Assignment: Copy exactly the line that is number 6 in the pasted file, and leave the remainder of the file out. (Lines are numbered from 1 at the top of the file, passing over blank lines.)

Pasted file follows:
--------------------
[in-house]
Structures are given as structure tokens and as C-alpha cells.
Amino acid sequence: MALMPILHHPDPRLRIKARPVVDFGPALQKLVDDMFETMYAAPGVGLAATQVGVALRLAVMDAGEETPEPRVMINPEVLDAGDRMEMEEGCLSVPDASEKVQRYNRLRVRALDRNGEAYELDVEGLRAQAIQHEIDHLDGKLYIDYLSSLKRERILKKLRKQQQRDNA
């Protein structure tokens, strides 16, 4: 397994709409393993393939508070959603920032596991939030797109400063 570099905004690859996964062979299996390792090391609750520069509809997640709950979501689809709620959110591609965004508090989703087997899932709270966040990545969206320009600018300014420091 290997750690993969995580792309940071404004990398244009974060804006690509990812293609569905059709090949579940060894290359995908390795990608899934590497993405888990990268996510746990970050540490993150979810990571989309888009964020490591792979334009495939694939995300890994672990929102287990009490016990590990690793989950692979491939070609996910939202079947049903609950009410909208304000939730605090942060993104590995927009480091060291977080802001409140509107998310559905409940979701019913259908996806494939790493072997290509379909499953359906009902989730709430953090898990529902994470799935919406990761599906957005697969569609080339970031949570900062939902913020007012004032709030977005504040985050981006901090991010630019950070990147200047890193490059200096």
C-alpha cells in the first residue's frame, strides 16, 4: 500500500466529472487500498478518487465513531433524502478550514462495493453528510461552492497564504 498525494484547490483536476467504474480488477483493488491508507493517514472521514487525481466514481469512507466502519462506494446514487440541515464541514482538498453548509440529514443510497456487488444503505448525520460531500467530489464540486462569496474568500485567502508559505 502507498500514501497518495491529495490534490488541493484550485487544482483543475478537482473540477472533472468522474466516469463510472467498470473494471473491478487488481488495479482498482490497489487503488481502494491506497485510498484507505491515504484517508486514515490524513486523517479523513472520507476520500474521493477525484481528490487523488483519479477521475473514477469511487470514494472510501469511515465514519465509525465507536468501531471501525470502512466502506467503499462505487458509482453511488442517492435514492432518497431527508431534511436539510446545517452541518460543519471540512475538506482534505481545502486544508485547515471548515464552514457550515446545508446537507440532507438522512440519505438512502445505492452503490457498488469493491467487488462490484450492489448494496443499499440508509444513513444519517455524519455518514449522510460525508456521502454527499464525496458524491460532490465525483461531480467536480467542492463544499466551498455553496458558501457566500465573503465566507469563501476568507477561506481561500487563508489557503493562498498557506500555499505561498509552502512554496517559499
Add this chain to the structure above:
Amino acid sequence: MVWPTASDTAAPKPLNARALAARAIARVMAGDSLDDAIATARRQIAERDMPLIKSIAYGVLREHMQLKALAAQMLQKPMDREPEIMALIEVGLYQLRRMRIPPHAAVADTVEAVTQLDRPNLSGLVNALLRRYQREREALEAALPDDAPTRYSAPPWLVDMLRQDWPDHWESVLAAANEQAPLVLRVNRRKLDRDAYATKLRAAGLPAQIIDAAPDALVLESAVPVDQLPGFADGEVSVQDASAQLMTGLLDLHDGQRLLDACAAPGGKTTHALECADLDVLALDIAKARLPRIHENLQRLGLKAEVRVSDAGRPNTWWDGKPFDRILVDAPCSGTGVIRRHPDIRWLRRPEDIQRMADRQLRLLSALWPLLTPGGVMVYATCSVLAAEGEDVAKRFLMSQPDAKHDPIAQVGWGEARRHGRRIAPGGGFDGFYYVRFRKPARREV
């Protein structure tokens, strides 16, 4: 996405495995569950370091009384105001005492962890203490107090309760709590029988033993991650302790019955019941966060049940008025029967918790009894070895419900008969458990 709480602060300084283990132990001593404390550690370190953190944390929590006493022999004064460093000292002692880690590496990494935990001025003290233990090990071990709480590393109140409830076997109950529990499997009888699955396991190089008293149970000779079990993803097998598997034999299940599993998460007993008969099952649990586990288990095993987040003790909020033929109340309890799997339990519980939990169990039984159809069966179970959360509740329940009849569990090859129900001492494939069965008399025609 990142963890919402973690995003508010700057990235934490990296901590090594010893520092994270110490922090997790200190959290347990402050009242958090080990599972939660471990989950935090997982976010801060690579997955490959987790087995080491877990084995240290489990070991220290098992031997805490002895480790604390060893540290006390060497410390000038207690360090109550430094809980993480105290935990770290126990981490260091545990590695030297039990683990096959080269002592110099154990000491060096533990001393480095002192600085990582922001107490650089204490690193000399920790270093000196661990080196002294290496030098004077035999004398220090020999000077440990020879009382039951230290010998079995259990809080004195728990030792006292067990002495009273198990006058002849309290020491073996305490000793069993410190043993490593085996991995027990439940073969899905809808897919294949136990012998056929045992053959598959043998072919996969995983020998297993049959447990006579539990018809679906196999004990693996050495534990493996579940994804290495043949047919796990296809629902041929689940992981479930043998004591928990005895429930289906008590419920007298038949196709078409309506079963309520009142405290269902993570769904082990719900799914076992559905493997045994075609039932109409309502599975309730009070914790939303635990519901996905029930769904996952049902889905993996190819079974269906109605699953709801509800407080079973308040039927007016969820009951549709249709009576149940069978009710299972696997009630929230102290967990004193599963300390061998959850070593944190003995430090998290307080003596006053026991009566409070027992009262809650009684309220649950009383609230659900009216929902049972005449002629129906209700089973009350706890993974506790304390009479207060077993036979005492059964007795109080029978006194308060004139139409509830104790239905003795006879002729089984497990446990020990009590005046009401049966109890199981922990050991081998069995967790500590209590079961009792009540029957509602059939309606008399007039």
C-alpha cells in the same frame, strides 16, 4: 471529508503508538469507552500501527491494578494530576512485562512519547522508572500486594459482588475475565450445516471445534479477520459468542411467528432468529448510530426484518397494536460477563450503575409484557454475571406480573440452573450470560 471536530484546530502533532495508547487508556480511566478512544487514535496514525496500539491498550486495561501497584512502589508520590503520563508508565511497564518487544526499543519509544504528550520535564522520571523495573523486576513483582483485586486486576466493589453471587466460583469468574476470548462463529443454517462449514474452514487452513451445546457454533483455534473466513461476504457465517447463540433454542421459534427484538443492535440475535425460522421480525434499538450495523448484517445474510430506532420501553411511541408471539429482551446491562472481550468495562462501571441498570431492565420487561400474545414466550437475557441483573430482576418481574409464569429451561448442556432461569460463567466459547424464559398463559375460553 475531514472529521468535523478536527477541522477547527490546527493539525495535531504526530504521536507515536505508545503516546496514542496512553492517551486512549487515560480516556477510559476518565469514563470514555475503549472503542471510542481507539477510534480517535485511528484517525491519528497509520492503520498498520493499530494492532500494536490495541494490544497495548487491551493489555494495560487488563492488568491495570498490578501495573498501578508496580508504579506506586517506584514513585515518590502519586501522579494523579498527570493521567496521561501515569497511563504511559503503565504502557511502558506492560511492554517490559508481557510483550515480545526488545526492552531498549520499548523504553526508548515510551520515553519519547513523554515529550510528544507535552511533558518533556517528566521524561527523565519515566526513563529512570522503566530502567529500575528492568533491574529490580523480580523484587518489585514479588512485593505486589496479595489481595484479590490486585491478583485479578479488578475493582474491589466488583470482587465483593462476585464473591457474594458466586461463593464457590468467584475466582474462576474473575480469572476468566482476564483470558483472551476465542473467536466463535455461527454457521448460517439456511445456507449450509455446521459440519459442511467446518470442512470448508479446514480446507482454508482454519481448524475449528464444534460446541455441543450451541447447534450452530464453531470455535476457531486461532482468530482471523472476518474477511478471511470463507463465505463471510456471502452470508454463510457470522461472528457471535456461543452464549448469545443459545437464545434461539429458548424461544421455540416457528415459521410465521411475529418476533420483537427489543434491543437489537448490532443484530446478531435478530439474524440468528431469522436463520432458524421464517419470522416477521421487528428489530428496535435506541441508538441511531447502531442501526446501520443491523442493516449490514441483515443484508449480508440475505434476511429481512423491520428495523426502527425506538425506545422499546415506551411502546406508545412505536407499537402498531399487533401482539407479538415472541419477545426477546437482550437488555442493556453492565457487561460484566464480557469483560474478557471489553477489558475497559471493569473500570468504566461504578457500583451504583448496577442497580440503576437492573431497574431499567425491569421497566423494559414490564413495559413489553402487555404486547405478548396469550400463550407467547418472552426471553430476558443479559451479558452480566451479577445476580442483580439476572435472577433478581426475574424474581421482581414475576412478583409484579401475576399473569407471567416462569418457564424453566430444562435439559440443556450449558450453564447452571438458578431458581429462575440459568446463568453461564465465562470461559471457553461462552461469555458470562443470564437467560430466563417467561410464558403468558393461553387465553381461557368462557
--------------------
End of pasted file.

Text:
Add this chain to the structure above: